In our earlier post about settlement negotiations “Agreement in principle” – is it binding?“, we discussed the an offer that was agreed to “in principle” and what that means.  The offer that we talked about was a Calderbank offer.

What is it?

Calderbank offer is a type of settlement offer designed to put the offeror in a position to ask the court to make an indemnity costs order, if the offerer succeeds in the litigation beyond the amount offered. An indemnity costs order is an order that the less successful party pay a larger portion of the other party’s costs. Normally ‘costs follow the event’ – which means that an unsuccessful party  will be ordered to pay the successful party’s costs of litigation. However normally, because of the way the costs assessment process works, only a portion of the successful party’s actual costs will be recoverable. However by making a Calderbank offer, a party to litigation can improve the chances of recovering a significantly higher proportion of those costs. These offers are based on the principles outlined in the English case of Calderbank v Calderbank [1975] 3 All ER 333.
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“Agreement in principle” – is it binding?

By Andrew Behman, an Associate of Matthews Folbigg, in our Insolvency, Restructuring and Debt Recovery Group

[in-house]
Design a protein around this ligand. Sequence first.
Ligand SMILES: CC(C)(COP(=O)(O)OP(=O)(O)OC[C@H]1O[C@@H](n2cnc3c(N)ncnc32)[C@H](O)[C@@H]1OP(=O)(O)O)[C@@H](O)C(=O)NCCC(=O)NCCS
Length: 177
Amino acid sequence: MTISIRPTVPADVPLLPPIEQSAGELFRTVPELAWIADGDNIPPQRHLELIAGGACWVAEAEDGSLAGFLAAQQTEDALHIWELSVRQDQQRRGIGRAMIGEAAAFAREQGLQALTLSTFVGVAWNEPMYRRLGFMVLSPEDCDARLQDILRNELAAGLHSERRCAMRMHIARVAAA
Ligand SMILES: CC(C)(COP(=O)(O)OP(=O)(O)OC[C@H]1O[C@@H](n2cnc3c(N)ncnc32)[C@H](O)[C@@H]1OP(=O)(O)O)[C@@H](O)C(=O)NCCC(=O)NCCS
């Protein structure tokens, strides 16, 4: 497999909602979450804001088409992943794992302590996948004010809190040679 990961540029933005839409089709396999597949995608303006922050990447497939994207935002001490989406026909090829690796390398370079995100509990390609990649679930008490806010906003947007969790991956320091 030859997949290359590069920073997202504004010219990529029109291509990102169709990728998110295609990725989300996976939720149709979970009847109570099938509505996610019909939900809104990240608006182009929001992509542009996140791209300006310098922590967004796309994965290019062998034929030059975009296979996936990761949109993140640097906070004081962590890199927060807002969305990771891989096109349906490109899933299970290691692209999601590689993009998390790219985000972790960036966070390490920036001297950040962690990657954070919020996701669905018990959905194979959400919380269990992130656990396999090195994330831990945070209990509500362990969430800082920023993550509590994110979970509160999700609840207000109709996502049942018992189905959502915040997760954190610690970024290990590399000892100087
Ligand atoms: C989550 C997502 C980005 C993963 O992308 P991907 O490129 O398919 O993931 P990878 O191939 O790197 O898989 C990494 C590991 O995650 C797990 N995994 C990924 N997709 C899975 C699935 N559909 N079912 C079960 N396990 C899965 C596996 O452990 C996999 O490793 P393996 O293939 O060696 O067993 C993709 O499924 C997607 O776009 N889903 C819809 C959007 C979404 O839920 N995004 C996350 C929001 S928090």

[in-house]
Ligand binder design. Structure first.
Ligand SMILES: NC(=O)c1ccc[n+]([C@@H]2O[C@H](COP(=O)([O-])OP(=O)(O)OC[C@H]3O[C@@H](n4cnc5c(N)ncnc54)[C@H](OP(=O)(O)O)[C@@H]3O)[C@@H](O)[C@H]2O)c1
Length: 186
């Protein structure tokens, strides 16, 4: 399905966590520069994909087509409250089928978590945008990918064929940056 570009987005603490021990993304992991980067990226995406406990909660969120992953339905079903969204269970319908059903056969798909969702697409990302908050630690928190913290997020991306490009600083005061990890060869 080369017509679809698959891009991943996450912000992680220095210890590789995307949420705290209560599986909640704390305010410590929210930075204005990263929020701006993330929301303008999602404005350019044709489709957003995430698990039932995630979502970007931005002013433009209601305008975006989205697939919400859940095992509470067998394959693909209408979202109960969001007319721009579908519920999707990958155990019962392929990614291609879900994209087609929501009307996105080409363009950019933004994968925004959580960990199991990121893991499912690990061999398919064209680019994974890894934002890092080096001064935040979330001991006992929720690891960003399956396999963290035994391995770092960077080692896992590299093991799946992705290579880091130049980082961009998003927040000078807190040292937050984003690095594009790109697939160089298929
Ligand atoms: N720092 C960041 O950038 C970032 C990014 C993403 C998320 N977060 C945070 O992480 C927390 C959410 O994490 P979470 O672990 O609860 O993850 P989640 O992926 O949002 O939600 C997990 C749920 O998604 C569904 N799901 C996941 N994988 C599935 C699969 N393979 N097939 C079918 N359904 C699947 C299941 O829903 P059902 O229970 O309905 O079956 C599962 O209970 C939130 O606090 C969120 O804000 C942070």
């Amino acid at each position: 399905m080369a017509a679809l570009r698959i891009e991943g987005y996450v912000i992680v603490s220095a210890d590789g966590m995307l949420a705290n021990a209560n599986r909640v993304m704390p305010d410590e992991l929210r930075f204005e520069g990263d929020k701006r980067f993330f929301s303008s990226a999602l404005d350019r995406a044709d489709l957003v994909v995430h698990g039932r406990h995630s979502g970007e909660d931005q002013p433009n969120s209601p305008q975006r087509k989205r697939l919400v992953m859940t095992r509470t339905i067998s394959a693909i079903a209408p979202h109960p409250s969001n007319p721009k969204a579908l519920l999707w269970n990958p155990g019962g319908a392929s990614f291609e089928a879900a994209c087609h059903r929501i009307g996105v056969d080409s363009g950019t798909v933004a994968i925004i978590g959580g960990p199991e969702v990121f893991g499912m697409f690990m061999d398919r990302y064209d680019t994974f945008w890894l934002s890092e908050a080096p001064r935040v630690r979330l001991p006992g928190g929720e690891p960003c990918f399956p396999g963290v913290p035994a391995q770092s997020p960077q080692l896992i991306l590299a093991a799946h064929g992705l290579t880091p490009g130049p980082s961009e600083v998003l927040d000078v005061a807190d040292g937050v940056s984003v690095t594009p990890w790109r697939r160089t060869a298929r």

When you’re negotiating the terms of a contract, settlement or payment arrangement, you might hear the term “agreement in principle”.  The obvious questions are:

  1. What does it mean?
  2. If you agree “in principle” to a person’s offer, or that person agrees “in principle” to your offer, can the agreement be enforced?

These are questions that are considered in numerous cases and various situations. The Courts have historically considered such cases in the context of different categories of agreement based on the decision in Masters v. Cameron. Recently the Supreme Court of New South Wales looked at these questions again in the matter of P J Leahy & Ors v A R Hill & Anor [2018] NSWSC 6. In this matter, Mr Leahy (and his related parties) commenced proceedings against Mr and Mrs Hill to recover an amount he claimed was due for repairs to a shed and arrears under a licence agreement.
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PRIORITY PAID?

By Darrin Mitchell, Senior Associate at Matthews Folbigg in the Insolvency, Restructuring and Debt Recovery Group.